On Ben’s maternal side of the family is a history of cleft lip and palate, every pregnancy at 20 weeks I would undergo an anatomy scan to check for signs of this treatable condition. With Beckett’s pregnancy we saw no signs of cleft lip and palate, but there were minor issues. At first, his kidneys were retaining fluid (hydronephrosis) just enough to land him on the higher end of the normal range. Then he began to show signs of growth restriction (IUGR). At 36 weeks, Beckett stopped growing all together. The doctors had no suggestions or ideas what could be the cause of this, instead I was told over and over that everything would be fine, don’t worry.
We never knew, not until almost a day after our second child was born, that Ben and I most likely carry the same mutated recessive gene. This means that our children have a 1 in 4 chance of inheriting metabolic acidosis mimicking pyruvate carboxylase deficiency. Pyruvate carboxylase deficiency is when the mitochondria cannot complete the essential role of turning glucose into energy. PC deficiency also allows the buildup of toxic levels of lactic acid and ammonia, leading to organ damage.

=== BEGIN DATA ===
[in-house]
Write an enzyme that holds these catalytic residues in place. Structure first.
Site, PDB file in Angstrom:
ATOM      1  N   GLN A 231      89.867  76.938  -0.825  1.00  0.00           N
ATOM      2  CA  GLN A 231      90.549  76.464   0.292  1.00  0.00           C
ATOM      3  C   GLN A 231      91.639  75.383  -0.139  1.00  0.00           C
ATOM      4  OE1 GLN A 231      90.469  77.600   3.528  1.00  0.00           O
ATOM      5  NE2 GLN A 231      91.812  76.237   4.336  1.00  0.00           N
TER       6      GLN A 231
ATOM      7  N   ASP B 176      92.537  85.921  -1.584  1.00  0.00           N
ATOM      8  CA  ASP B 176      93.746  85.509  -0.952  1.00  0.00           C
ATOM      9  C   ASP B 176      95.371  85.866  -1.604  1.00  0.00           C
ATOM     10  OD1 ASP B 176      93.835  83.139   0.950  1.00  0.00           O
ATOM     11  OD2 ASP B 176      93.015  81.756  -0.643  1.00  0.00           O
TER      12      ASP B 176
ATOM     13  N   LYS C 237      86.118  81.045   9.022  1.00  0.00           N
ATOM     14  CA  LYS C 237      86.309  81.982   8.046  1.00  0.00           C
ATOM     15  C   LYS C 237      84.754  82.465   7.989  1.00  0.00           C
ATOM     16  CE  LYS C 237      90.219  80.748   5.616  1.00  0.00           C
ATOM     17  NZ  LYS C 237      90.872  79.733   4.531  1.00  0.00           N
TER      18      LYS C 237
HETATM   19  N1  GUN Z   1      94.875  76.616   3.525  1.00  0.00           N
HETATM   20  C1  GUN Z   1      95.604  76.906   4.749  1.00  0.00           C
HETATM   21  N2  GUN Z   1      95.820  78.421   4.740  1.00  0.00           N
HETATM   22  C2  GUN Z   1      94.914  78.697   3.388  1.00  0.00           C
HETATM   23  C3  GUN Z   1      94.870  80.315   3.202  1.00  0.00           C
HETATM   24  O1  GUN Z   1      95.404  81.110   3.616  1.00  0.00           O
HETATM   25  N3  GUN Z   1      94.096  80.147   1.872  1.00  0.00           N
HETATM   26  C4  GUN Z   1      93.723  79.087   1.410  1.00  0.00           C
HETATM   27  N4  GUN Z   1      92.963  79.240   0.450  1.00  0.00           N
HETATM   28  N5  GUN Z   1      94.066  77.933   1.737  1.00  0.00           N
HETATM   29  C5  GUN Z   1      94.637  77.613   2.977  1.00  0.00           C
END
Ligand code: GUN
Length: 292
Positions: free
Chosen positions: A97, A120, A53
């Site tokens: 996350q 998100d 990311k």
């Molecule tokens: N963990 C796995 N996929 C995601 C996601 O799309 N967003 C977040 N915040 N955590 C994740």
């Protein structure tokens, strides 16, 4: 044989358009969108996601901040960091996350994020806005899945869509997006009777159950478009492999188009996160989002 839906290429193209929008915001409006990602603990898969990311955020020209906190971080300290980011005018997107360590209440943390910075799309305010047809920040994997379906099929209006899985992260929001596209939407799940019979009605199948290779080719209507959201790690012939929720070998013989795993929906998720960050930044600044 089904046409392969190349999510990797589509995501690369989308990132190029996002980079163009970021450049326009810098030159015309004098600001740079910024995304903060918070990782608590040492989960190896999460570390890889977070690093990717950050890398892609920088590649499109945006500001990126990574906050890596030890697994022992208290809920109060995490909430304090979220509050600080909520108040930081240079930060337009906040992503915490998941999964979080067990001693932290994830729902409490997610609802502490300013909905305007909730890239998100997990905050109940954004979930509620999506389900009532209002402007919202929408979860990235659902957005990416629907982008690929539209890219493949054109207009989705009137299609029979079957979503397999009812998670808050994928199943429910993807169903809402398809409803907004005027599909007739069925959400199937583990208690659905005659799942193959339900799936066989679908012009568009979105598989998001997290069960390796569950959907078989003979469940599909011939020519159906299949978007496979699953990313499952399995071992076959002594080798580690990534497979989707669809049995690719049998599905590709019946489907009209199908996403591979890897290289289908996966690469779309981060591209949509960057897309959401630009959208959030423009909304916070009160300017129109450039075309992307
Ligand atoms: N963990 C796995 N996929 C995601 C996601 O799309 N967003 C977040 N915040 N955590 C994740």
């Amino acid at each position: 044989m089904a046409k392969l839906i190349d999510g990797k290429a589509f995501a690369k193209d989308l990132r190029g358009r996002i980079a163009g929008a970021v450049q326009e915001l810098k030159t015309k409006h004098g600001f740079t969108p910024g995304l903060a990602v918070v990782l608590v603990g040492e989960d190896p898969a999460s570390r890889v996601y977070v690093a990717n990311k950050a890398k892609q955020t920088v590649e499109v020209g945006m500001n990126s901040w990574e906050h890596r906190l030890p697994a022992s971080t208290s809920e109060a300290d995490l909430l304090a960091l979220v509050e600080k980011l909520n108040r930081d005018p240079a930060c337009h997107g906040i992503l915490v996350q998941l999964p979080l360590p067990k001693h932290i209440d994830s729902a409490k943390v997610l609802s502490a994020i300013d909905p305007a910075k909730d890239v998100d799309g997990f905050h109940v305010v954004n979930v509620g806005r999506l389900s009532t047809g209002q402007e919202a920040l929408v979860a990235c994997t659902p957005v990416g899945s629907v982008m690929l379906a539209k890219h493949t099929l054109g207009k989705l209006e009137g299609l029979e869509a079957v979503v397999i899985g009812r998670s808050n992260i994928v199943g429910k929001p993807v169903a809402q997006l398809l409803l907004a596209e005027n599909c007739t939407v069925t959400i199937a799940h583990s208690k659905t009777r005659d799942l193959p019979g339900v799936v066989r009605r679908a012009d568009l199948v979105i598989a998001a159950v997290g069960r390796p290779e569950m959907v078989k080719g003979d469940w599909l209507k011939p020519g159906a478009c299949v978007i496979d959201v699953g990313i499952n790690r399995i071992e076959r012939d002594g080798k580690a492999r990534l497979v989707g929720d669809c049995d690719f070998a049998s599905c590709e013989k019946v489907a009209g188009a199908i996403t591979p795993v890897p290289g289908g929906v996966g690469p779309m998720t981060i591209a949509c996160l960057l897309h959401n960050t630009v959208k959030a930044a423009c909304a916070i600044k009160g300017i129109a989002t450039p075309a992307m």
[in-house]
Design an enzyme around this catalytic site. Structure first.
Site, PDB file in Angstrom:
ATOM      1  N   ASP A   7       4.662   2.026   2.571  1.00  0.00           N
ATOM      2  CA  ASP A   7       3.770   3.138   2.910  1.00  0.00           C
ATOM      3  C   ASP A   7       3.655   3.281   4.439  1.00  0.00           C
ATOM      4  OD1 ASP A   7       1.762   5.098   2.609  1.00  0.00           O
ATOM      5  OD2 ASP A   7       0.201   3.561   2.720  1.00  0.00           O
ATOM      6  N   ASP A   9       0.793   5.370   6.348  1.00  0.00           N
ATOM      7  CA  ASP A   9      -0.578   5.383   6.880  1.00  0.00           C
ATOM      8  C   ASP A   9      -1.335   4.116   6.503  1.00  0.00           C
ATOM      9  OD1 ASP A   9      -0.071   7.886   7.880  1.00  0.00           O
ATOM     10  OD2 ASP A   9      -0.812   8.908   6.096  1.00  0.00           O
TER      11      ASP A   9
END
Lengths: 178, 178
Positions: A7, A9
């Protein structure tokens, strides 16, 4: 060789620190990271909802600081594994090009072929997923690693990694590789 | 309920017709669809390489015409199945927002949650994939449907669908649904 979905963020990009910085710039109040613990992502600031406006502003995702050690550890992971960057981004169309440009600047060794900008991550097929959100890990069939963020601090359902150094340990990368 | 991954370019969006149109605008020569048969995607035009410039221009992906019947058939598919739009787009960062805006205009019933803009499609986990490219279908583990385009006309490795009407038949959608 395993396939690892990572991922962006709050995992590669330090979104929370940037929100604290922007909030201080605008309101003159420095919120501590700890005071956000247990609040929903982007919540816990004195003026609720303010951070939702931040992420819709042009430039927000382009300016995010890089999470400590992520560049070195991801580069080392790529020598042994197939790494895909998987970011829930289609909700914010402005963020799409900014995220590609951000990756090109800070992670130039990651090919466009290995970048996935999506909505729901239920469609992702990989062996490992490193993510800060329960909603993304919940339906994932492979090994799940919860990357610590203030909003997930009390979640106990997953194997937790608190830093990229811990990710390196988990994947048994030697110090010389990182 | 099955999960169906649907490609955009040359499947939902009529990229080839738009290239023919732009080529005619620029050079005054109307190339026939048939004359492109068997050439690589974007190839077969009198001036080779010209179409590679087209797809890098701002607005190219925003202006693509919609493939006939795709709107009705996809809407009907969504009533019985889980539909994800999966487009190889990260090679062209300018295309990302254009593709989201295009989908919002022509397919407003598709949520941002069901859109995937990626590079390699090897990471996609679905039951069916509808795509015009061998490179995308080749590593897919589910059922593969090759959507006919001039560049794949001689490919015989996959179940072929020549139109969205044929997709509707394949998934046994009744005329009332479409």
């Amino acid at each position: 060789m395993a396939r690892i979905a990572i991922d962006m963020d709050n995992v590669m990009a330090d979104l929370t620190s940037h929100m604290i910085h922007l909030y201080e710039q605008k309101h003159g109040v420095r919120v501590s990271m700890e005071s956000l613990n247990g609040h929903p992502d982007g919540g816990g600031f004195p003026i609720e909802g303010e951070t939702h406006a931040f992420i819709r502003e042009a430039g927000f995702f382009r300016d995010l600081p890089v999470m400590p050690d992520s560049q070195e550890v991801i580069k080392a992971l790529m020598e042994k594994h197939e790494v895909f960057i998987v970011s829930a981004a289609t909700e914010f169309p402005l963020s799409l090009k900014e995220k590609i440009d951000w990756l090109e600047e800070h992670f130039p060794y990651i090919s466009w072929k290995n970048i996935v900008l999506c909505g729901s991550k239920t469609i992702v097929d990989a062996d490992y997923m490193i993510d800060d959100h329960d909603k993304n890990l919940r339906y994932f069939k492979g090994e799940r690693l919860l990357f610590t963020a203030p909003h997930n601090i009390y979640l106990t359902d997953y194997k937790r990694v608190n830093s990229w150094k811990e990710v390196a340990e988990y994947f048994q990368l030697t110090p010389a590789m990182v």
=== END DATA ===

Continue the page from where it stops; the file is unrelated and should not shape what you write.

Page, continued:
Beckett and Clementine DID NOT have pyruvate carboxylase deficiency, as a family we were entered into an orphan disease research center (Manton Center) and we found the PC gene was not mutated, but their metabolic acidosis was very similar to PC deficiency. PC deficiency has two variations, type B is diagnosed in infancy and the prognosis is death within 3 to 6 months of life.
Beckett and Clementine were not given a very long lifespan, maybe a week, then maybe a couple of months at most, and we were told they would be “severely retarded.” Ben and I learned quickly that they would surpass the ceiling others had built over them. With a lot of therapies, Beckett and Clementine learned to sit and stand, they could babble and smile like crazy, their little fingers were constantly reaching and grabbing.
Their diagnosis was always terminal, and over three years we watched the undoing of our two children as the skills they had begun to master slowly started to slip away from them. Their brains were dying, the white matter wouldn’t regenerate (leukodystrophy), and so eventually they became too sick to do many of the daily activities they loved.
Pictured: Our Minnie’s brain, the right was taken three days after birth and the left was taken the middle of September 2014. This shows perfectly the progression of their brain degeneration. The lobes in the center of the brain are the ventricles, normally filled with fluid. In B & C’s cases, their white matter died giving the ventricles more room and they filled with vast amounts of fluid. The black spot towards the back of Clementine’s brain is pooled blood from a stroke she suffered shortly after birth.